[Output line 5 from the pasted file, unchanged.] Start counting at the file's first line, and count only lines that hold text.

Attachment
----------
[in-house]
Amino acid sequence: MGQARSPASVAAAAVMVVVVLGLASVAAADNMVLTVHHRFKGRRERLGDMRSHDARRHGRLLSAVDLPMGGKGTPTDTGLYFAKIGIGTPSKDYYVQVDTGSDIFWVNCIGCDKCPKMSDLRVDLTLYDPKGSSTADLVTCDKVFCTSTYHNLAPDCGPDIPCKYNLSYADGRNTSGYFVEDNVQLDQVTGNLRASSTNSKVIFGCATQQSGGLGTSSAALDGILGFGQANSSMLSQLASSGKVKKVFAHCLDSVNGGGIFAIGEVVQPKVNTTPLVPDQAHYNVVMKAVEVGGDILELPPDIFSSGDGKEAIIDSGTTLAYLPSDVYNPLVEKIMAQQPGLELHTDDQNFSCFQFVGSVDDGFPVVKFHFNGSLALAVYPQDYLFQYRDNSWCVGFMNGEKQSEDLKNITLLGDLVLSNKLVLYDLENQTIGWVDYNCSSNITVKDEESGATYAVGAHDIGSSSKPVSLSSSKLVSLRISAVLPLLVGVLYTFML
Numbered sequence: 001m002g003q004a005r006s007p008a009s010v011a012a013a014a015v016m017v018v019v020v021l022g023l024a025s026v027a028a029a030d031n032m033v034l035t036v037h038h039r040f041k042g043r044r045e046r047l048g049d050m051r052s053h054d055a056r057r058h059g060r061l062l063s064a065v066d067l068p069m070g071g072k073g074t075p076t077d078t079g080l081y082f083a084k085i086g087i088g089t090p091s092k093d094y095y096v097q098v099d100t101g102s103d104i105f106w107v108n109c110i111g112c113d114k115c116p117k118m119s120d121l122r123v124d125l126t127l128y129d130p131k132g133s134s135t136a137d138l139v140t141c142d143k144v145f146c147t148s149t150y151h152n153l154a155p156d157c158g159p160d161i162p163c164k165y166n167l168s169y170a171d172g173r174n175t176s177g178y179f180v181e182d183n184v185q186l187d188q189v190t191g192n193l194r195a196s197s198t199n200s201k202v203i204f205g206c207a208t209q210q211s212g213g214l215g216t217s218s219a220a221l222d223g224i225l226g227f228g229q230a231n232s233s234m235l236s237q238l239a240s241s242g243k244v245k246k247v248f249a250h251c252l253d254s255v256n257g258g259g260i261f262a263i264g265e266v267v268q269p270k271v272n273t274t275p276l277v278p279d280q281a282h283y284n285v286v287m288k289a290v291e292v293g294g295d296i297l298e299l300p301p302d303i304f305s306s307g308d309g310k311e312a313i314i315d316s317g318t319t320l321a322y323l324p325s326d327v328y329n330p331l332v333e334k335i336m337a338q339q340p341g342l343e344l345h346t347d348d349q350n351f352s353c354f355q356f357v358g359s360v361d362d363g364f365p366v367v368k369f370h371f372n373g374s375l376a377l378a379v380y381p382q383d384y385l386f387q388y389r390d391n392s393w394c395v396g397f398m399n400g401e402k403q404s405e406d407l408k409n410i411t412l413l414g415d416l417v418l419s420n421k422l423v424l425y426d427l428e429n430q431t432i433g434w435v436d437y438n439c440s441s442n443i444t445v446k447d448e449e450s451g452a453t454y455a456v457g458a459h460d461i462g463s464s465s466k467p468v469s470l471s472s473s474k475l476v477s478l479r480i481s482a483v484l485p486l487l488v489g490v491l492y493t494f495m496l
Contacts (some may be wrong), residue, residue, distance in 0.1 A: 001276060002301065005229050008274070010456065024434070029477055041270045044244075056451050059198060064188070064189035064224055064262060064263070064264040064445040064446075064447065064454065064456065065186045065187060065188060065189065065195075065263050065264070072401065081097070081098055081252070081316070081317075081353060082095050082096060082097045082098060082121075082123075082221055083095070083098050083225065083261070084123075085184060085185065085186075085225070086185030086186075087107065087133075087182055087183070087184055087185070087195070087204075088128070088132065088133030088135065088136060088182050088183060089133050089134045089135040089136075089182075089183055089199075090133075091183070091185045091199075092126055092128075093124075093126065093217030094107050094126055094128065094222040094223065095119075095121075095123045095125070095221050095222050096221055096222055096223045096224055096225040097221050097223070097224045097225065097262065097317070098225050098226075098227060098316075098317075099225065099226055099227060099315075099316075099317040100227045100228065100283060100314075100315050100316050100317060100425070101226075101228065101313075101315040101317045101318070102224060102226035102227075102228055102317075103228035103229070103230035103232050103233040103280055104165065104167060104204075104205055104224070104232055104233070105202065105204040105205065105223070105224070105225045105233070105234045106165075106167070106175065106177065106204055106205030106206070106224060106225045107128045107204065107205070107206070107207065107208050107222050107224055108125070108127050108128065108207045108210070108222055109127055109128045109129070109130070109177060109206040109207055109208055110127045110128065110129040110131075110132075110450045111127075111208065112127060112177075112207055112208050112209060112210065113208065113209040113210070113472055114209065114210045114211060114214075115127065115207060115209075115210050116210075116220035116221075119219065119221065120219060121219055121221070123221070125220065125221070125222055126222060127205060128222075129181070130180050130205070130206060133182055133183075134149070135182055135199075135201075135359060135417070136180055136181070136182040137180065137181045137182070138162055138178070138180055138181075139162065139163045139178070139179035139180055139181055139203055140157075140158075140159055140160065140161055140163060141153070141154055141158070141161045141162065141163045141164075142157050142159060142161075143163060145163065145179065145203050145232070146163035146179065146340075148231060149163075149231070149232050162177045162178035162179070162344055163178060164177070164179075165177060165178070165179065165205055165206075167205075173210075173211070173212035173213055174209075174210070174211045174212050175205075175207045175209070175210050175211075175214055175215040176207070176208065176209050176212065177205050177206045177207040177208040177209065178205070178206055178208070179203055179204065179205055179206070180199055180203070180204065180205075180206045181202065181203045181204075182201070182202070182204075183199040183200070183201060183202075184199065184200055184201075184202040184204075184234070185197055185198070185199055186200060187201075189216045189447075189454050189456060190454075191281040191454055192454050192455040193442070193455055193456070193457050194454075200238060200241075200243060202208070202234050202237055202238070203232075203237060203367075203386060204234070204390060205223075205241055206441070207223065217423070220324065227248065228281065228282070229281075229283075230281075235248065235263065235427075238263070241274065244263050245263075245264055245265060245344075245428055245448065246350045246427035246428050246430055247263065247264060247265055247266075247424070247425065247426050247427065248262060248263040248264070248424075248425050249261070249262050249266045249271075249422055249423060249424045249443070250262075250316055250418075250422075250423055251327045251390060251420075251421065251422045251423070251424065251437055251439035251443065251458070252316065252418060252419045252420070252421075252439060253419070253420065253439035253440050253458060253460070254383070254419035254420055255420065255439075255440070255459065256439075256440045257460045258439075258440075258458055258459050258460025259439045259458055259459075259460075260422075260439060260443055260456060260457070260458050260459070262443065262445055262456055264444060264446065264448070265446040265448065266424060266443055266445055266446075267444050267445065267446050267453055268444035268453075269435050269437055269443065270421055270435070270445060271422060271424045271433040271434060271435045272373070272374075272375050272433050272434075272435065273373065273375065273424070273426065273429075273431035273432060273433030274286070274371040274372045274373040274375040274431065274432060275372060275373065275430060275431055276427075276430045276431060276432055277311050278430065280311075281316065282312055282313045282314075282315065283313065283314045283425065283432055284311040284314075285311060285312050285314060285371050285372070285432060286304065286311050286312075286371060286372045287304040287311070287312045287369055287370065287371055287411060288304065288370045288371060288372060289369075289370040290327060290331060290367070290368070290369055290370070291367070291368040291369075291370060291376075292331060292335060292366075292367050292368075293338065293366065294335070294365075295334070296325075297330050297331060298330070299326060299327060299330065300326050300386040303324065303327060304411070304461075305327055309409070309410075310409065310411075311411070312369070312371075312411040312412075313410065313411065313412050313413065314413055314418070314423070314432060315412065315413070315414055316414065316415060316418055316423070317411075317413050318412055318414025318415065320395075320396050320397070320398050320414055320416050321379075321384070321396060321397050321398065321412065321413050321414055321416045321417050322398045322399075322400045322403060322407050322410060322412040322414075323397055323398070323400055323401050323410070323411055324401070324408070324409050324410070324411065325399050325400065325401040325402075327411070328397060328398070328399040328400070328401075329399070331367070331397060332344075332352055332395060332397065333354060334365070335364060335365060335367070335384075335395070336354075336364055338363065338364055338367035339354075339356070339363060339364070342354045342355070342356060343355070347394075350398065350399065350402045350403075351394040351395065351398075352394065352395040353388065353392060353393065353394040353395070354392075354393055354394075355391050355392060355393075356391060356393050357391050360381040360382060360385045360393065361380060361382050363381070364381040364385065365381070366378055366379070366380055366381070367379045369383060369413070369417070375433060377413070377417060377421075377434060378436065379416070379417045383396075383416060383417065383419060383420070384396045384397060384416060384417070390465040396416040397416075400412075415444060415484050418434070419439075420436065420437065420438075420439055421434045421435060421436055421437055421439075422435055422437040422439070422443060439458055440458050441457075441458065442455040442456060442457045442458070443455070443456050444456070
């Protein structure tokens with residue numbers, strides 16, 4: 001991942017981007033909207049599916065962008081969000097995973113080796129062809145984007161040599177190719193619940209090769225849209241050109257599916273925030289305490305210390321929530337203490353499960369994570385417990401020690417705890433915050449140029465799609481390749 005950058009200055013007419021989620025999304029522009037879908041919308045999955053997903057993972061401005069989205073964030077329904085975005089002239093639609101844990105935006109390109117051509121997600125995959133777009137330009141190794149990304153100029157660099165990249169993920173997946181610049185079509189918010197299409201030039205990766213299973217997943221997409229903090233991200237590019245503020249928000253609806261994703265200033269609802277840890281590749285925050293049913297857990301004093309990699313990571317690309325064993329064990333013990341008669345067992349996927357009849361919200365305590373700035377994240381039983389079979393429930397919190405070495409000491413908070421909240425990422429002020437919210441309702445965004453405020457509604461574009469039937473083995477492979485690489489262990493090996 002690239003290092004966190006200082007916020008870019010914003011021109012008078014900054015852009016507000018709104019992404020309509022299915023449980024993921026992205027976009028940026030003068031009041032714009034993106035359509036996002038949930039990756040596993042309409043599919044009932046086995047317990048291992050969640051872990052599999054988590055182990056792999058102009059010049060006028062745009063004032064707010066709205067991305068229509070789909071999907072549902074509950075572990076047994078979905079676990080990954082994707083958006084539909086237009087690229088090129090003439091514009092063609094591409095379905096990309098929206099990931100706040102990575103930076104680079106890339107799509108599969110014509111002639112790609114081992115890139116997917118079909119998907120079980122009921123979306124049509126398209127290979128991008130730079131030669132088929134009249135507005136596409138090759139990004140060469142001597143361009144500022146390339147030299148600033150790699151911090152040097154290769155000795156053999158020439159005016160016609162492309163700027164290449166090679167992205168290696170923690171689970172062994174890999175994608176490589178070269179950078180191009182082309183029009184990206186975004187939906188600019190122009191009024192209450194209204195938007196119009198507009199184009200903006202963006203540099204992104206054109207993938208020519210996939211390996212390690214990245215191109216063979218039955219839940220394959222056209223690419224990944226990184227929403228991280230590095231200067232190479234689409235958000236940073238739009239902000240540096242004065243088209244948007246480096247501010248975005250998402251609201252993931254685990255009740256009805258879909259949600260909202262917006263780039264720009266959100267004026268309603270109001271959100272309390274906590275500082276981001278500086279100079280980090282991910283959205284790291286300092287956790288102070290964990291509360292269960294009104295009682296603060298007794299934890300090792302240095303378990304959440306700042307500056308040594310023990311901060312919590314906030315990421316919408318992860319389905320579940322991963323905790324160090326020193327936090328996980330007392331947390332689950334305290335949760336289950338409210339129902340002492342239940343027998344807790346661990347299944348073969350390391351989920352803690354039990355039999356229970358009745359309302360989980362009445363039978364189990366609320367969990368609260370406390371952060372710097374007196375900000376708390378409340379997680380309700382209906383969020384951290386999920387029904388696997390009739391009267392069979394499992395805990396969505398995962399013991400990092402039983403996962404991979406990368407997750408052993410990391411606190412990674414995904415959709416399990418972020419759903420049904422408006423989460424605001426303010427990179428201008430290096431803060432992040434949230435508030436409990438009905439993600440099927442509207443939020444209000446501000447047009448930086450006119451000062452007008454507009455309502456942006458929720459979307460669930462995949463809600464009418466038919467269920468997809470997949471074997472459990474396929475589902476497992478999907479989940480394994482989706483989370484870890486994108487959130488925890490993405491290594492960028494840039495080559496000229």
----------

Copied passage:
């Protein structure tokens with residue numbers, strides 16, 4: 001991942017981007033909207049599916065962008081969000097995973113080796129062809145984007161040599177190719193619940209090769225849209241050109257599916273925030289305490305210390321929530337203490353499960369994570385417990401020690417705890433915050449140029465799609481390749 005950058009200055013007419021989620025999304029522009037879908041919308045999955053997903057993972061401005069989205073964030077329904085975005089002239093639609101844990105935006109390109117051509121997600125995959133777009137330009141190794149990304153100029157660099165990249169993920173997946181610049185079509189918010197299409201030039205990766213299973217997943221997409229903090233991200237590019245503020249928000253609806261994703265200033269609802277840890281590749285925050293049913297857990301004093309990699313990571317690309325064993329064990333013990341008669345067992349996927357009849361919200365305590373700035377994240381039983389079979393429930397919190405070495409000491413908070421909240425990422429002020437919210441309702445965004453405020457509604461574009469039937473083995477492979485690489489262990493090996 002690239003290092004966190006200082007916020008870019010914003011021109012008078014900054015852009016507000018709104019992404020309509022299915023449980024993921026992205027976009028940026030003068031009041032714009034993106035359509036996002038949930039990756040596993042309409043599919044009932046086995047317990048291992050969640051872990052599999054988590055182990056792999058102009059010049060006028062745009063004032064707010066709205067991305068229509070789909071999907072549902074509950075572990076047994078979905079676990080990954082994707083958006084539909086237009087690229088090129090003439091514009092063609094591409095379905096990309098929206099990931100706040102990575103930076104680079106890339107799509108599969110014509111002639112790609114081992115890139116997917118079909119998907120079980122009921123979306124049509126398209127290979128991008130730079131030669132088929134009249135507005136596409138090759139990004140060469142001597143361009144500022146390339147030299148600033150790699151911090152040097154290769155000795156053999158020439159005016160016609162492309163700027164290449166090679167992205168290696170923690171689970172062994174890999175994608176490589178070269179950078180191009182082309183029009184990206186975004187939906188600019190122009191009024192209450194209204195938007196119009198507009199184009200903006202963006203540099204992104206054109207993938208020519210996939211390996212390690214990245215191109216063979218039955219839940220394959222056209223690419224990944226990184227929403228991280230590095231200067232190479234689409235958000236940073238739009239902000240540096242004065243088209244948007246480096247501010248975005250998402251609201252993931254685990255009740256009805258879909259949600260909202262917006263780039264720009266959100267004026268309603270109001271959100272309390274906590275500082276981001278500086279100079280980090282991910283959205284790291286300092287956790288102070290964990291509360292269960294009104295009682296603060298007794299934890300090792302240095303378990304959440306700042307500056308040594310023990311901060312919590314906030315990421316919408318992860319389905320579940322991963323905790324160090326020193327936090328996980330007392331947390332689950334305290335949760336289950338409210339129902340002492342239940343027998344807790346661990347299944348073969350390391351989920352803690354039990355039999356229970358009745359309302360989980362009445363039978364189990366609320367969990368609260370406390371952060372710097374007196375900000376708390378409340379997680380309700382209906383969020384951290386999920387029904388696997390009739391009267392069979394499992395805990396969505398995962399013991400990092402039983403996962404991979406990368407997750408052993410990391411606190412990674414995904415959709416399990418972020419759903420049904422408006423989460424605001426303010427990179428201008430290096431803060432992040434949230435508030436409990438009905439993600440099927442509207443939020444209000446501000447047009448930086450006119451000062452007008454507009455309502456942006458929720459979307460669930462995949463809600464009418466038919467269920468997809470997949471074997472459990474396929475589902476497992478999907479989940480394994482989706483989370484870890486994108487959130488925890490993405491290594492960028494840039495080559496000229």